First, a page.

Mazda Just Had Its Best January Since 1994

The CX-5 continues to make up more than half of all Mazdas sold.

byEric Brandt|
Mazda Just Had Its Best January Since 1994

The year when the Mazda Millenia was launched in the U.S. was the last time Mazda had a January as good as the one it had in 2018. Mazda sold 24,962 vehicles in the U.S. last month, a 15 percent increase over January of 2017. About 67 percent of those vehicles were crossovers, while the split between car sales and crossover sales in the same month the previous year was almost exactly 50/50.

It’s no surprise that crossover sales are up, but the margins by which crossovers are up and cars are down are still staggering. The CX-3 is up 14 percent, the CX-9 is up 46.8 percent, and the granddaddy of Mazda sales, the CX-5, is up a whopping 66.9 percent. The CX-5 alone made up over half of all of Mazda’s sales in January and this was its 10th consecutive record sales month. Snowy roads must give drivers a craving for all-wheel drive because 56 percent of Mazda crossovers sold last month were equipped with Mazda’s i-ACTIV all-wheel-drive system.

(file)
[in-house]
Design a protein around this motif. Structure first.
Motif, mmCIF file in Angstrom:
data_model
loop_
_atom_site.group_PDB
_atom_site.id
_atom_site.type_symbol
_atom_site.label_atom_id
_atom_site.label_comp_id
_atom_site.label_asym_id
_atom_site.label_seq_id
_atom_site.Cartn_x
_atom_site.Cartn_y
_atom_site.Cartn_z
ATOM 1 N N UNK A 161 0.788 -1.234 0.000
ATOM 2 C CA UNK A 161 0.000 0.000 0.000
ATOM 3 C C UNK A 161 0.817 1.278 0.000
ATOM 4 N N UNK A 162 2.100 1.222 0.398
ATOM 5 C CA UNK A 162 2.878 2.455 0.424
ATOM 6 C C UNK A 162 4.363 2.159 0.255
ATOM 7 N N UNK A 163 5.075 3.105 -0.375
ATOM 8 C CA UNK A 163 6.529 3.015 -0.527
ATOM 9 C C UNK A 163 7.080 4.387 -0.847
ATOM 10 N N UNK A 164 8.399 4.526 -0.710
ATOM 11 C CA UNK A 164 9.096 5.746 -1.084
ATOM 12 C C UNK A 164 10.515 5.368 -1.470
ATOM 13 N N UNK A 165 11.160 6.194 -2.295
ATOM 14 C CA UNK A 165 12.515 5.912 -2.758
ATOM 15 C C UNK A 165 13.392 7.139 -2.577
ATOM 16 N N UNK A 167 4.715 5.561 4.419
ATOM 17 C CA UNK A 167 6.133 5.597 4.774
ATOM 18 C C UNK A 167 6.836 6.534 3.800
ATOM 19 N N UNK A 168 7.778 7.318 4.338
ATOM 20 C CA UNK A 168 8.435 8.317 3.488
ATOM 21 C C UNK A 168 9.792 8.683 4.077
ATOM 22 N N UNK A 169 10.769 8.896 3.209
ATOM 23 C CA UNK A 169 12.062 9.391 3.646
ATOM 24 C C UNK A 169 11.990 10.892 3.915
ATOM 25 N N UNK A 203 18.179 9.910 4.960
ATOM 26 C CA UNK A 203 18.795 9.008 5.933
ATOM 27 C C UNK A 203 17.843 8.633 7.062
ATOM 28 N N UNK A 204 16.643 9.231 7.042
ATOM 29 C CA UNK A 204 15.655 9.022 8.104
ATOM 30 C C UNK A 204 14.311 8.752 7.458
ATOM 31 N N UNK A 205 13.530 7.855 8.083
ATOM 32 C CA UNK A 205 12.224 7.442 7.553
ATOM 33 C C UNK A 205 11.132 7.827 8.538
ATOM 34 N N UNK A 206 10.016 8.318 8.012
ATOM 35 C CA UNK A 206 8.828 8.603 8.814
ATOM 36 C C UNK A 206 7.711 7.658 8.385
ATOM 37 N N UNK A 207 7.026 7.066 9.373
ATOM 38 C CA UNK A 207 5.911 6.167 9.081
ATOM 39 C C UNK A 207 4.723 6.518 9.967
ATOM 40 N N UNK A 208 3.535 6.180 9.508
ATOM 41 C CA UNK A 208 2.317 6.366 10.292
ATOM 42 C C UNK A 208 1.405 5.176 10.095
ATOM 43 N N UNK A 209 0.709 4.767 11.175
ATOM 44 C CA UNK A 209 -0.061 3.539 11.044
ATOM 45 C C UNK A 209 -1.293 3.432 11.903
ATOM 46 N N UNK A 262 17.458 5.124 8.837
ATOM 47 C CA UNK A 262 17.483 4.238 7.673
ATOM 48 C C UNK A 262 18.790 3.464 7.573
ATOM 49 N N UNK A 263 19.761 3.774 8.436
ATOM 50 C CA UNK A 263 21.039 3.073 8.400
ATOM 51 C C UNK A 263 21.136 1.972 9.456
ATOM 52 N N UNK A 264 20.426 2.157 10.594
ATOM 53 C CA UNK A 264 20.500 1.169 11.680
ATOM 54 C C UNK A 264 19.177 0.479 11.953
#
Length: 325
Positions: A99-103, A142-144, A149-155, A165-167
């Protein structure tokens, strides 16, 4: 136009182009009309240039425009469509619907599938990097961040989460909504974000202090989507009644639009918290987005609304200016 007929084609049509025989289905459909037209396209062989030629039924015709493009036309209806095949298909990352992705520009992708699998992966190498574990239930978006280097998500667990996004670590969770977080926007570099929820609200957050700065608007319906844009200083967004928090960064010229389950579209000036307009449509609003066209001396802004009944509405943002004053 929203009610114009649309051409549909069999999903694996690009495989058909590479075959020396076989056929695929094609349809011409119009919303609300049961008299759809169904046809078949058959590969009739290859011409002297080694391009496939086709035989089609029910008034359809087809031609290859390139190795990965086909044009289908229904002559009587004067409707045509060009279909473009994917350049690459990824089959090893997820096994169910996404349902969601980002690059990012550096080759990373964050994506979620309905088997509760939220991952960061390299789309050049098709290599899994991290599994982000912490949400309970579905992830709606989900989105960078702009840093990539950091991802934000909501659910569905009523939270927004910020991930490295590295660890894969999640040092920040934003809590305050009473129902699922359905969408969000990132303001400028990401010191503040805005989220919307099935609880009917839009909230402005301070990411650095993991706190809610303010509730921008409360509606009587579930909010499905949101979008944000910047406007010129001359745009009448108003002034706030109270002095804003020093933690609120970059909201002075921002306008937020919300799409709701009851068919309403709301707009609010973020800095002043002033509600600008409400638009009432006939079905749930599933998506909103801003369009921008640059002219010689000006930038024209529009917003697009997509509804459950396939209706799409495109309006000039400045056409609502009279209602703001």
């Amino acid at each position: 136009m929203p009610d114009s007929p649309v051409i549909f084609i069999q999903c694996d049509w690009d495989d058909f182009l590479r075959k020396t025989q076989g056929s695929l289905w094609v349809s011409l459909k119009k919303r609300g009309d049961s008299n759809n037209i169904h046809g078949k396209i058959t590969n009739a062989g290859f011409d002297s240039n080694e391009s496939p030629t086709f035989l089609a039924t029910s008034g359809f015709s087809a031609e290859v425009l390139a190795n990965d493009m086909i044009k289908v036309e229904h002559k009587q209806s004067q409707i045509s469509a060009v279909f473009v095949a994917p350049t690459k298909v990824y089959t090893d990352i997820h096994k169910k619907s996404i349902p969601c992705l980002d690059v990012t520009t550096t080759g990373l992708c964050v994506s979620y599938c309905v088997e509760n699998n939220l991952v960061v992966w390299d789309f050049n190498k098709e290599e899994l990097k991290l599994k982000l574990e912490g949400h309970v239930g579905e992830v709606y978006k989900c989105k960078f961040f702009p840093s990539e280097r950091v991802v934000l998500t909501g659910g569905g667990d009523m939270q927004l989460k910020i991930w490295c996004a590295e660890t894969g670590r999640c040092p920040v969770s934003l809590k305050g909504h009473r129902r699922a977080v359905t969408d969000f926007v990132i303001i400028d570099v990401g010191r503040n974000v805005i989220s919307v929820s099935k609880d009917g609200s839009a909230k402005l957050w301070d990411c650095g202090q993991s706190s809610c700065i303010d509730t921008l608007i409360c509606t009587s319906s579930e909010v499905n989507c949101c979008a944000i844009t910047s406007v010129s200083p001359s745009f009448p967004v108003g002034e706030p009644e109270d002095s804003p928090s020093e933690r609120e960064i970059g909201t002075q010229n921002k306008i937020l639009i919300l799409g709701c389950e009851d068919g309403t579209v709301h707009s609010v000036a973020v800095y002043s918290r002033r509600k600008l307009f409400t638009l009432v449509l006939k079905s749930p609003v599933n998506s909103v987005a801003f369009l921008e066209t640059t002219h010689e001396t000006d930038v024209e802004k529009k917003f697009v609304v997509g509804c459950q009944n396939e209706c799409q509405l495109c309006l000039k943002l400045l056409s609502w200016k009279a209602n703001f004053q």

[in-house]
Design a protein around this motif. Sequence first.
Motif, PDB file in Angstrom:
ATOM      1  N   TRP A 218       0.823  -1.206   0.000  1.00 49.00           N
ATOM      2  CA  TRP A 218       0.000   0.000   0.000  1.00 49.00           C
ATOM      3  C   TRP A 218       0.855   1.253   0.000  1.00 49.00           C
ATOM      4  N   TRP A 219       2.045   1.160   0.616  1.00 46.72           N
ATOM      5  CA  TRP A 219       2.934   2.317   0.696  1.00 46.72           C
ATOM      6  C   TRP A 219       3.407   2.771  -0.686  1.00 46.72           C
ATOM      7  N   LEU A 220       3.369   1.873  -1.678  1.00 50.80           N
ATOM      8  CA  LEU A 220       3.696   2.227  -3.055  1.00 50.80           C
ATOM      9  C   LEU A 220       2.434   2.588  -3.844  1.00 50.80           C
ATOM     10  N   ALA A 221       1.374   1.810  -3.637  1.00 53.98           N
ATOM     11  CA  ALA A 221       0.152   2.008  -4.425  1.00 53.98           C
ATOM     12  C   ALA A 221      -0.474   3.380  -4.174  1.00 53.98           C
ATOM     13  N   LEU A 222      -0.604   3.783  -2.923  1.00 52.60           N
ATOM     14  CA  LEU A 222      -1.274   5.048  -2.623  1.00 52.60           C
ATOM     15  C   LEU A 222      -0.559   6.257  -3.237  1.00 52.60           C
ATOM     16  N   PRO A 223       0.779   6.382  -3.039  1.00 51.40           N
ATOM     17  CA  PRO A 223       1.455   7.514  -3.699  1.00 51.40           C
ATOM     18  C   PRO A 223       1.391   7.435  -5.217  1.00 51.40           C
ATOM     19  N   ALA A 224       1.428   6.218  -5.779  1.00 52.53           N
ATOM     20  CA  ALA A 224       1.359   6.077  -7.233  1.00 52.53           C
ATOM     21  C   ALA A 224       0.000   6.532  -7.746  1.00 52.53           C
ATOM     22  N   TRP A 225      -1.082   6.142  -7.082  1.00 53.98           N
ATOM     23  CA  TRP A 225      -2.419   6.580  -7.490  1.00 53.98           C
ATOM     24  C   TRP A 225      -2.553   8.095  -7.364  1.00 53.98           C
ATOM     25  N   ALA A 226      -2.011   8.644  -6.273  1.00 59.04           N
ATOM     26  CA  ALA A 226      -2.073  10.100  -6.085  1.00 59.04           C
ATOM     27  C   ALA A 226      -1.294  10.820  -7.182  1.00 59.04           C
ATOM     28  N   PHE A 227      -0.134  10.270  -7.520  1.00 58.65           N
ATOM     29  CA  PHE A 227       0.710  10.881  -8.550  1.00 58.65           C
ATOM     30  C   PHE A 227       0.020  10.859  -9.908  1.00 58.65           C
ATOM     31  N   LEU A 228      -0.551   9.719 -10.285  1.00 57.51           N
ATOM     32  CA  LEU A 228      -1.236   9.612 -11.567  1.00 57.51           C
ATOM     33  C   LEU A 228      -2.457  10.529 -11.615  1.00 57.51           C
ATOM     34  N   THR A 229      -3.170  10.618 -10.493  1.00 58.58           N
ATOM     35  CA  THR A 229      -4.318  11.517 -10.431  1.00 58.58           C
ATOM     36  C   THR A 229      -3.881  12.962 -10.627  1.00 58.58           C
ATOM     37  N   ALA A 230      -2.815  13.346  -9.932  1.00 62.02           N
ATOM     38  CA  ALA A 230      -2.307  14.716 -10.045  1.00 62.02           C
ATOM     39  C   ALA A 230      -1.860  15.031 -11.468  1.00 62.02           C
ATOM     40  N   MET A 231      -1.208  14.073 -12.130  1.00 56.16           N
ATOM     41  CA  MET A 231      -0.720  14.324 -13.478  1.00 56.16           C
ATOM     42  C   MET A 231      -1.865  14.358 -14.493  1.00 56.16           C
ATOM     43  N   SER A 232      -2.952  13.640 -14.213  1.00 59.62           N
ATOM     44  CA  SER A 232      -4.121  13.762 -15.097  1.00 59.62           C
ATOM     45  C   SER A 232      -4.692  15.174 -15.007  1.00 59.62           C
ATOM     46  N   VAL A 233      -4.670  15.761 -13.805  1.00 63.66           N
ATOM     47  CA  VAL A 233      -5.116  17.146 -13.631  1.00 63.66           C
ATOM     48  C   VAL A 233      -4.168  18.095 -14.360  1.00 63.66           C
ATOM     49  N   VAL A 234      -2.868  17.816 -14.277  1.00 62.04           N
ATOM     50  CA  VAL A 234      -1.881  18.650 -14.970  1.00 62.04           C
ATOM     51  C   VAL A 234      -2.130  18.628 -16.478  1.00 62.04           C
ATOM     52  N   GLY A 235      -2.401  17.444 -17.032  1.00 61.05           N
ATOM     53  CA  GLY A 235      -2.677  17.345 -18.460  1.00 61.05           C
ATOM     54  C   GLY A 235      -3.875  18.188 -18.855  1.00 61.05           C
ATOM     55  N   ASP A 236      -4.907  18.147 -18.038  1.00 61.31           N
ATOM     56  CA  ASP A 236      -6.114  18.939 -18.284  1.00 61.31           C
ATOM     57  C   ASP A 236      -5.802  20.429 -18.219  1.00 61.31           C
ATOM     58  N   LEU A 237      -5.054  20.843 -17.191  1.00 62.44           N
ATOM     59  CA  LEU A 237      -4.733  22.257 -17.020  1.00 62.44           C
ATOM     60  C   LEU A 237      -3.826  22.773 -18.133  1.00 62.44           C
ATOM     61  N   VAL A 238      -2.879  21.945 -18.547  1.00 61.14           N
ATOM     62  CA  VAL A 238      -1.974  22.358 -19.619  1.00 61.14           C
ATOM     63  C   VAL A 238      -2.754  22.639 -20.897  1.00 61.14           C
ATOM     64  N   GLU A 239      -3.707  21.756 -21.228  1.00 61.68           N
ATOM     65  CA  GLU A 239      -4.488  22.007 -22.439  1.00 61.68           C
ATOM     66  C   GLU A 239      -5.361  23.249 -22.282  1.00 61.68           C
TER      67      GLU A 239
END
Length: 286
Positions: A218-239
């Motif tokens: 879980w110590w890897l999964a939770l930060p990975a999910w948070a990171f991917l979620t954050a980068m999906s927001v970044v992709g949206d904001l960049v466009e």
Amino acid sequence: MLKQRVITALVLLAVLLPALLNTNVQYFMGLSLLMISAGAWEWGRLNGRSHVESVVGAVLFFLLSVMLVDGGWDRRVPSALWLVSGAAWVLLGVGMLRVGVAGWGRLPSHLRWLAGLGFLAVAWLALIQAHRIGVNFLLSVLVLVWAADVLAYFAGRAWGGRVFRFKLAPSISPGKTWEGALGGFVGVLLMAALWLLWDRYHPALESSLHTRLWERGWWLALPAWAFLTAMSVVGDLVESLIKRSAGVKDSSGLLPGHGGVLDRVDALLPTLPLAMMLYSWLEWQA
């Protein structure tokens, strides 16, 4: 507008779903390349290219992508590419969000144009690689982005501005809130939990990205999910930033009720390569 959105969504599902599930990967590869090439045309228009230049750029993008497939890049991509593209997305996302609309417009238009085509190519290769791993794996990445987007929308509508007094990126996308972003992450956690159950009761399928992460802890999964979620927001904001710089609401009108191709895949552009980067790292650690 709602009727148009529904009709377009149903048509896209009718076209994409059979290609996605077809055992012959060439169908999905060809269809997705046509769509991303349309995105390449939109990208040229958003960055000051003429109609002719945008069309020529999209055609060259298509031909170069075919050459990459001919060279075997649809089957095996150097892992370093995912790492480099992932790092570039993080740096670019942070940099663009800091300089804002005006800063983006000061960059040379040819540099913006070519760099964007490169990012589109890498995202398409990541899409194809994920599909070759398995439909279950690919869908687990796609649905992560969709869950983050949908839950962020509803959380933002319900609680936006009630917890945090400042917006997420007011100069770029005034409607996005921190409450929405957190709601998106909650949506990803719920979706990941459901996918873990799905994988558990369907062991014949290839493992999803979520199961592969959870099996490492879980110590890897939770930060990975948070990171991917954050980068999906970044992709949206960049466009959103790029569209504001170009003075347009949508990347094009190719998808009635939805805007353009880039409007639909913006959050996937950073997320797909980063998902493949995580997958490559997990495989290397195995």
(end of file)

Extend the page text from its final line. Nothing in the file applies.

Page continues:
The outlook for Mazda cars is downright depressing. The Mazda3 only took a 12 percent dip, but the Mazda6 and the Miata tanked, 53 percent and 53.1 percent, respectively. The Miata was by far the brand’s worst seller, moving only 436 units last month. Granted, January isn’t a very good time of the year for roadster sales, but that’s still a pretty sad number.

We know we shouldn’t be surprised, but the crossover craze marches on with no signs of slowing down. It’s getting hard to think that what started as a trend is anything but a permanent market shift. It wouldn’t be so sad if Mazda cars weren’t so good.